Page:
Probate in Arizona
Frequently Asked Questions About Probate in Arizona If you live in the state of Arizona or have relatives here, you need to learn about the laws that govern the place you or your loved ones call home. That means learning about the probate process in the state of Arizona, something that can make your life a lot easier down the line. The subject or probate can be very complicated, but it does not have to be. Once you learn the basics, you will have a better understanding of how probate works in Arizona, and what impact the probate process may have on you and your family. Here are 10 of the most frequently asked questions about the probate process in the state of Arizona.
How long does probate take in Arizona?
The length of the probate process will vary depending on a number of factors. Those factors include the type of probate (formal, informal or supervised) and the nature of the estate. In general, you can expect the probate process to take anywhere from five months to two years. For a simple probate in which the heirs agree and there is no fighting, the probate process could be completed in a matter of months. For more complicated situations where there are disagreements about assets, issues with taxes and problems with the heirs, the probate process could stretch out for several years.
When is probate required in Arizona?
Probate is not always required in the state of Arizona. Certain assets, such as life insurance proceeds, IRA accounts, and 401(k) accounts, generally pass from the deceased to their heirs through the beneficiary designation process. As long as the beneficiary forms have been completed and the beneficiary has been designated, those assets should pass without probate.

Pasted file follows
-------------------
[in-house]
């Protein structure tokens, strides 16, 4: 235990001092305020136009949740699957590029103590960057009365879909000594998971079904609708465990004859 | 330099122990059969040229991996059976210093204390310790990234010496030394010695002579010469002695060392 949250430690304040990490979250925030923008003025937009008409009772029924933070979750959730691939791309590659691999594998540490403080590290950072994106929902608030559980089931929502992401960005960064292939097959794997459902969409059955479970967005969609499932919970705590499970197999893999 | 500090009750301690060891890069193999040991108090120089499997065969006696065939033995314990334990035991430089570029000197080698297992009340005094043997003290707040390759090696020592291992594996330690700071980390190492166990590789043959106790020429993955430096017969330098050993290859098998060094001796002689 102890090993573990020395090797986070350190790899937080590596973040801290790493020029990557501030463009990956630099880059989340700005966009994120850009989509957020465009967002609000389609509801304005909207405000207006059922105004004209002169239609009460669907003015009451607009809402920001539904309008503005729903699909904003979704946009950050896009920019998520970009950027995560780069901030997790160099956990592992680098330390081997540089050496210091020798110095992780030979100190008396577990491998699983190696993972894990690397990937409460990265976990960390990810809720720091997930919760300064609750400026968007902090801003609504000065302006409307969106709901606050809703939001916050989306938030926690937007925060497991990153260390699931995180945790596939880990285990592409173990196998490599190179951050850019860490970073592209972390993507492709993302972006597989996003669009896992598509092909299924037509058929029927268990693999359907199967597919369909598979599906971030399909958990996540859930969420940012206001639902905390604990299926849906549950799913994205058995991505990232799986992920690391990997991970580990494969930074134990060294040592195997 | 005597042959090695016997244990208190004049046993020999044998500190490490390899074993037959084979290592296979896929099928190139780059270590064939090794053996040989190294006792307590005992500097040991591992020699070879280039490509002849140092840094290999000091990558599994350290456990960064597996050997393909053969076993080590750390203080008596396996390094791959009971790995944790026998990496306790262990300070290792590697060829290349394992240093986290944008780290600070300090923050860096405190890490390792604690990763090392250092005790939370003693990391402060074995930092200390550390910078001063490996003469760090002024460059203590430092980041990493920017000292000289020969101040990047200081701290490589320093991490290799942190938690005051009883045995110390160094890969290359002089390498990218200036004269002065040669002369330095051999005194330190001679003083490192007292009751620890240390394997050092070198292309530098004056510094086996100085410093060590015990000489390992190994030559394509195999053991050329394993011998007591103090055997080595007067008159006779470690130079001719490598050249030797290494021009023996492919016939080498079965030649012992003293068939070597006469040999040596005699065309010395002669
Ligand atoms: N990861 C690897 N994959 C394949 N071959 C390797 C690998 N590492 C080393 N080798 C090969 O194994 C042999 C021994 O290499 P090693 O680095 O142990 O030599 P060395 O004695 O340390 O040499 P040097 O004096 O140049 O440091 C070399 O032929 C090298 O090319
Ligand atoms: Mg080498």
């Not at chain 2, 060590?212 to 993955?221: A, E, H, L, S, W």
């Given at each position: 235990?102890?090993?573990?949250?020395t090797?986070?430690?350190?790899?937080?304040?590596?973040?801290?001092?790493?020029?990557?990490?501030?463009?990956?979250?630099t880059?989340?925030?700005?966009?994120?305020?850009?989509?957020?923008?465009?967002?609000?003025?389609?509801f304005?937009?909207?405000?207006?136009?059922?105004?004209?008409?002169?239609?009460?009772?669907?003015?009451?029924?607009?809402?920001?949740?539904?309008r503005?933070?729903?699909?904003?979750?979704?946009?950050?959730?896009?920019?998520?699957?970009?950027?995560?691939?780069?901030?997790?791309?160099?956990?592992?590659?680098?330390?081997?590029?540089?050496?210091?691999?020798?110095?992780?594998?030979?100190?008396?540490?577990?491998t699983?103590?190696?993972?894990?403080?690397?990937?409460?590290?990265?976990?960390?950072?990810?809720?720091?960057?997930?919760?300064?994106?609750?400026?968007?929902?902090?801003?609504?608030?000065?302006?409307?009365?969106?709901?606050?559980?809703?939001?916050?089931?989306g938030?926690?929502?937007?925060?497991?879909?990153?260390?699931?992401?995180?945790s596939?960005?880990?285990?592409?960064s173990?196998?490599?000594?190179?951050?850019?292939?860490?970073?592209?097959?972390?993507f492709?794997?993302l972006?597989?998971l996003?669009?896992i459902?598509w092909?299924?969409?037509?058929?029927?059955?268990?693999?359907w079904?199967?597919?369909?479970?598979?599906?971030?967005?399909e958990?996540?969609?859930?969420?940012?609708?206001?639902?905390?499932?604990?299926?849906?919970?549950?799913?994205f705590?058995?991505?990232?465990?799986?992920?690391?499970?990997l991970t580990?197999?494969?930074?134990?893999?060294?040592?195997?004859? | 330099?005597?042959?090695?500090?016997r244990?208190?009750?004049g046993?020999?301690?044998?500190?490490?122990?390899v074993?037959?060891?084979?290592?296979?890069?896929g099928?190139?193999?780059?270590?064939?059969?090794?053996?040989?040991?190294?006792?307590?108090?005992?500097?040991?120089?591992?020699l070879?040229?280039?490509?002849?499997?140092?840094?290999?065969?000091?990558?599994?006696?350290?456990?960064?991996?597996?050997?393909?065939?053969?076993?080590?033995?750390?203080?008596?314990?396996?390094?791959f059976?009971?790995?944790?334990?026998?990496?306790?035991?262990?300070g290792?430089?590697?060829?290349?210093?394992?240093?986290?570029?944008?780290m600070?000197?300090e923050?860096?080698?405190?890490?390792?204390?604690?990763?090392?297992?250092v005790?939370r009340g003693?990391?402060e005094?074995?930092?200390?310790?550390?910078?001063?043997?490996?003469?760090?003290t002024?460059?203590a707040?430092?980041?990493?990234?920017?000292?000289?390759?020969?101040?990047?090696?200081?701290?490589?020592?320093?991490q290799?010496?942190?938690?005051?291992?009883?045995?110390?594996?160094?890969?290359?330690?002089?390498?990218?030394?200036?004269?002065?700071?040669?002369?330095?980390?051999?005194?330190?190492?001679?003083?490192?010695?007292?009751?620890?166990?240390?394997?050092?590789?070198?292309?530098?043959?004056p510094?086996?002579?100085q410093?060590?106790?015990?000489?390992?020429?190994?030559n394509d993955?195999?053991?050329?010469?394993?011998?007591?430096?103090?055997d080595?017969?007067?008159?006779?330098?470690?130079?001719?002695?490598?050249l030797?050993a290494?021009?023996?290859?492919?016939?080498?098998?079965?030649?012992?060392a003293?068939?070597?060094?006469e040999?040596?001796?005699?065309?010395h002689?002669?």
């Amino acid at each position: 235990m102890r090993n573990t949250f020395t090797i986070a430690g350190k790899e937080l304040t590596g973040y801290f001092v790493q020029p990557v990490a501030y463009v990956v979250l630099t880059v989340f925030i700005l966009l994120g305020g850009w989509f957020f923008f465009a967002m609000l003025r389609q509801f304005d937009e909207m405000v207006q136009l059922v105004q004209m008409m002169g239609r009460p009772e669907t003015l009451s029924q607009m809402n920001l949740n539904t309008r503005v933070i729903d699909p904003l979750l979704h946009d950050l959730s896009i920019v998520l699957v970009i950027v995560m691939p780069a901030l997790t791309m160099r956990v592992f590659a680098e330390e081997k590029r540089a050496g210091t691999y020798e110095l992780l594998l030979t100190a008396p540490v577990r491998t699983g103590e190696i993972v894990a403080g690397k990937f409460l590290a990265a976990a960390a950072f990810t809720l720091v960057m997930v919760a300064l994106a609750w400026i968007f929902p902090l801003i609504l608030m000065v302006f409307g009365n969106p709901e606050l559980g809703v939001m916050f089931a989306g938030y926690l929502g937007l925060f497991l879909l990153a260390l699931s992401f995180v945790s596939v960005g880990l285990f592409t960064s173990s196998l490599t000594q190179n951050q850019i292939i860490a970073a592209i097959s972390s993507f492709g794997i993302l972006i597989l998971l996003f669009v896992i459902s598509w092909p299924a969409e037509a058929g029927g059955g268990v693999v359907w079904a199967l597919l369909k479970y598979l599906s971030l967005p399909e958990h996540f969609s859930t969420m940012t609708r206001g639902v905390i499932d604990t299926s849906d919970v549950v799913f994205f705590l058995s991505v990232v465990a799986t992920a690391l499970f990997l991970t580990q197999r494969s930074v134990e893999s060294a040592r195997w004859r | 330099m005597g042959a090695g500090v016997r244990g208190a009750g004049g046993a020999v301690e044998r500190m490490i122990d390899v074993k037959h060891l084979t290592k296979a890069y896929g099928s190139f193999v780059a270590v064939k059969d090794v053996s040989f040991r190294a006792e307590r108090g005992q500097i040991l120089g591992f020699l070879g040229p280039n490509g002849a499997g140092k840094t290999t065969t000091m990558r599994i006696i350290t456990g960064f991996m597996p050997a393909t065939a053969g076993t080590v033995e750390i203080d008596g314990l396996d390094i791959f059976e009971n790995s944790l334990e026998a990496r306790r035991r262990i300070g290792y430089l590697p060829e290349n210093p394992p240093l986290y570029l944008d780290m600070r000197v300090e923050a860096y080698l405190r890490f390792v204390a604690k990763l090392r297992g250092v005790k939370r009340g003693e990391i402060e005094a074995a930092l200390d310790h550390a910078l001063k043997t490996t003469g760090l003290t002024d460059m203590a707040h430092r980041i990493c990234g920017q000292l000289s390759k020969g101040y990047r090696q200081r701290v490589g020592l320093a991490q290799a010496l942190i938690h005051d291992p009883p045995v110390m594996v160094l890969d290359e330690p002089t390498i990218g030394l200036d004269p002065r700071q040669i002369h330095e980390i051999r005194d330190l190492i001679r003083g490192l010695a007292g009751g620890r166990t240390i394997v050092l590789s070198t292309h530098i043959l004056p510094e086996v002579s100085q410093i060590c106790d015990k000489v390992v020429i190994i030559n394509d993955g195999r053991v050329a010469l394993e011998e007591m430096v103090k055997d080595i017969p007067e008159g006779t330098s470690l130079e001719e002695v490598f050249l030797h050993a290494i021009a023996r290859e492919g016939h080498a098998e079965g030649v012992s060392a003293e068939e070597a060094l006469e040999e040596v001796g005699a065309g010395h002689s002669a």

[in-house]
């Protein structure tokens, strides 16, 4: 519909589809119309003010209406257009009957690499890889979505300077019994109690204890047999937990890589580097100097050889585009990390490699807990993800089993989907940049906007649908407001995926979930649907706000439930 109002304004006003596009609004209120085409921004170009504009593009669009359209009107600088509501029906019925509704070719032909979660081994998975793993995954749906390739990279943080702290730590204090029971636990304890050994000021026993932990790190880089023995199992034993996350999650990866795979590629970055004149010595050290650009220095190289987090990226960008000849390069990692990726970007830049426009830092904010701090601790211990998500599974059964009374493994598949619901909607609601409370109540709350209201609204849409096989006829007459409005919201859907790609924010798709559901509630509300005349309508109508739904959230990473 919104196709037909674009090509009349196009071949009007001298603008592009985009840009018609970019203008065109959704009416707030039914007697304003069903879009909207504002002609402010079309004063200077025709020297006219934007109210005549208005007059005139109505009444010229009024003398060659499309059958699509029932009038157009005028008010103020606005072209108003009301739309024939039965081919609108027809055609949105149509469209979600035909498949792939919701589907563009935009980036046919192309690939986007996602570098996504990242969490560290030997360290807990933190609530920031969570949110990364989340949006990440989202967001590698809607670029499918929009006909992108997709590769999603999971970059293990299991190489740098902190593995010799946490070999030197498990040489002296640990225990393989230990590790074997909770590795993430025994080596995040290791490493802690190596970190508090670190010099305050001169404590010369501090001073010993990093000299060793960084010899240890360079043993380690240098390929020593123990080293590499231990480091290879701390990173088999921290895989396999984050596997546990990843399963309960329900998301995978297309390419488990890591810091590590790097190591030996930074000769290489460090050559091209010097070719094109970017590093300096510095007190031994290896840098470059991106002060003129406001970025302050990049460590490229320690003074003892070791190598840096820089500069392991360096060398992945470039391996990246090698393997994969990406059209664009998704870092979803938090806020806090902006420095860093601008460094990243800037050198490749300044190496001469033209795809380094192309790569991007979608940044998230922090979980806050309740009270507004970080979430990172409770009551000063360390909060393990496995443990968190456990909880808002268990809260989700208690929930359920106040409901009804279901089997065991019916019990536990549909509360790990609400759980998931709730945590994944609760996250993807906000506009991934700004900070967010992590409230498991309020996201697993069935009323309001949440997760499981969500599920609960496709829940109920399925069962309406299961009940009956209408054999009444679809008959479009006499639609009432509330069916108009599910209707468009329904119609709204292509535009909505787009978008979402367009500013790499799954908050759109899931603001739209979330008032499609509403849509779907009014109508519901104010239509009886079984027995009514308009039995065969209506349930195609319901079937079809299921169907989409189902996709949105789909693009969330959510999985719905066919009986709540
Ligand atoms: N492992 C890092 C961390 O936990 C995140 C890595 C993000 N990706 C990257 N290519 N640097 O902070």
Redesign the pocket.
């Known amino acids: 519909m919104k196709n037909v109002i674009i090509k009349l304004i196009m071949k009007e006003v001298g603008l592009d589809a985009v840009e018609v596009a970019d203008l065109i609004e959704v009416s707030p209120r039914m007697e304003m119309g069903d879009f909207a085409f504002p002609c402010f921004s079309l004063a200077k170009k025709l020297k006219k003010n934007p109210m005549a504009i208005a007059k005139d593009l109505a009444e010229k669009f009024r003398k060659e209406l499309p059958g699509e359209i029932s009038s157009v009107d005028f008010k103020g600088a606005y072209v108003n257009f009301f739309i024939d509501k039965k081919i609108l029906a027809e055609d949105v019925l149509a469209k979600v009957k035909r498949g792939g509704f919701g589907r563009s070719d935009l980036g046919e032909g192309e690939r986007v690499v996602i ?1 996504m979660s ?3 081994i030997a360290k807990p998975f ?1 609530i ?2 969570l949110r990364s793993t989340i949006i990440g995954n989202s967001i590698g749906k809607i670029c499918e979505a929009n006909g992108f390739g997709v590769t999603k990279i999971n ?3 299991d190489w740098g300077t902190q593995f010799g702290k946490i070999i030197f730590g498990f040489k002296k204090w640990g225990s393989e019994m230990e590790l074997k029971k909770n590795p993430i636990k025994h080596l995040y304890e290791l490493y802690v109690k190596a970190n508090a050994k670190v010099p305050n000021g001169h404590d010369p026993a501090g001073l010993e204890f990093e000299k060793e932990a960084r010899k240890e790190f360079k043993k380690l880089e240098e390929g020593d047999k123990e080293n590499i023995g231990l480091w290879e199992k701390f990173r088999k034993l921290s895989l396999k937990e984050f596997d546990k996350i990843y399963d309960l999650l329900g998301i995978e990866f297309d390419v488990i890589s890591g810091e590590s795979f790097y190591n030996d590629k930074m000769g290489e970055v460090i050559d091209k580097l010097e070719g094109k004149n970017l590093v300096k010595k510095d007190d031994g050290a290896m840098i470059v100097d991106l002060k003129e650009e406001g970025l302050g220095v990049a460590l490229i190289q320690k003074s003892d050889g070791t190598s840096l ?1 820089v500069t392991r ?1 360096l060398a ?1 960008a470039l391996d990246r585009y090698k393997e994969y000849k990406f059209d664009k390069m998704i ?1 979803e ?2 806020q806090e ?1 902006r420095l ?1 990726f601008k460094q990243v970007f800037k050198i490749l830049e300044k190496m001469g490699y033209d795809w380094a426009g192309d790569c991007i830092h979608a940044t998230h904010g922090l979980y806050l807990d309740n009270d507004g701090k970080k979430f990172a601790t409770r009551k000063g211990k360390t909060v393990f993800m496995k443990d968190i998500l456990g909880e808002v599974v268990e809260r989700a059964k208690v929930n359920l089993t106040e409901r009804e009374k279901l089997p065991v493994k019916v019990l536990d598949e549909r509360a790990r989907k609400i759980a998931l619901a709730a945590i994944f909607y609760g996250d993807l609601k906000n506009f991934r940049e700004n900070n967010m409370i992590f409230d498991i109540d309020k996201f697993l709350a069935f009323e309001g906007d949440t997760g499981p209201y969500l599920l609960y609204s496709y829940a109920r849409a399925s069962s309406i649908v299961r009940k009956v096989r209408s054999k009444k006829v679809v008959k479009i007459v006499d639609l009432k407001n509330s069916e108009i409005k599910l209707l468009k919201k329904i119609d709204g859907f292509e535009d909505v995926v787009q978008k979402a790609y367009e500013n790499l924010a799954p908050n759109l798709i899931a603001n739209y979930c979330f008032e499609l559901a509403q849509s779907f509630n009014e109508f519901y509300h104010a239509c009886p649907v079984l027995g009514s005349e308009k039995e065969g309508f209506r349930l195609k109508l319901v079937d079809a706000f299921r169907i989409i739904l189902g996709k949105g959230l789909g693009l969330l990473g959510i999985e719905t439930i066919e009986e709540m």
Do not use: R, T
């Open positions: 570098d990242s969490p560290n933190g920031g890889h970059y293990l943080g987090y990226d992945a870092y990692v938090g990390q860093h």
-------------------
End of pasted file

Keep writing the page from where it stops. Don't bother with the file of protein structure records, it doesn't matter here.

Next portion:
Arizona law also allows small estates to pass without probate under some situations. If the value of real property is less than or equal to $100,000, probate may not be required. Personal property less than or equal to $75,000 may also pass without probate. For real estate of more than $100,000 and personal holdings of more than $75,000, probate will generally be required.
Will Probate Be Necessary?
Probate may not be necessary under all situations, but it is important for the heirs to contact an estate attorney instead of simply assuming the assets will pass as intended. The necessity of probate will be determined by a number of factors, including the value of real estate holdings and personal property. Currently the state of Arizona may waive probate requirements for small estates of $100,000 or less in real property and $75,000 and less in personal property. If the estate left by your loved one is under that amount, you may be able to avoid probate and receive the assets directly.
How to Avoid Probate in Arizona?
If you want to avoid probate, you need to plan ahead. The creation of a revocable living trust can help you avoid probate, but the document must be properly funded and properly executed. In order to avoid probate, the individual must transfer all of their property into the named trust. Once the Revocable Living Trust is in place, the assets it contains can pass to their heirs without going through probate.
What is Informal Probate?
Informal probate is typically a shorter process than formal probate, making it preferable in many ways. Informal probate is typically used for estates where there are no disagreements and the heirs are all getting along. You will probably not be able to use informal probate if the will is contested or there are disagreements over the distribution of assets.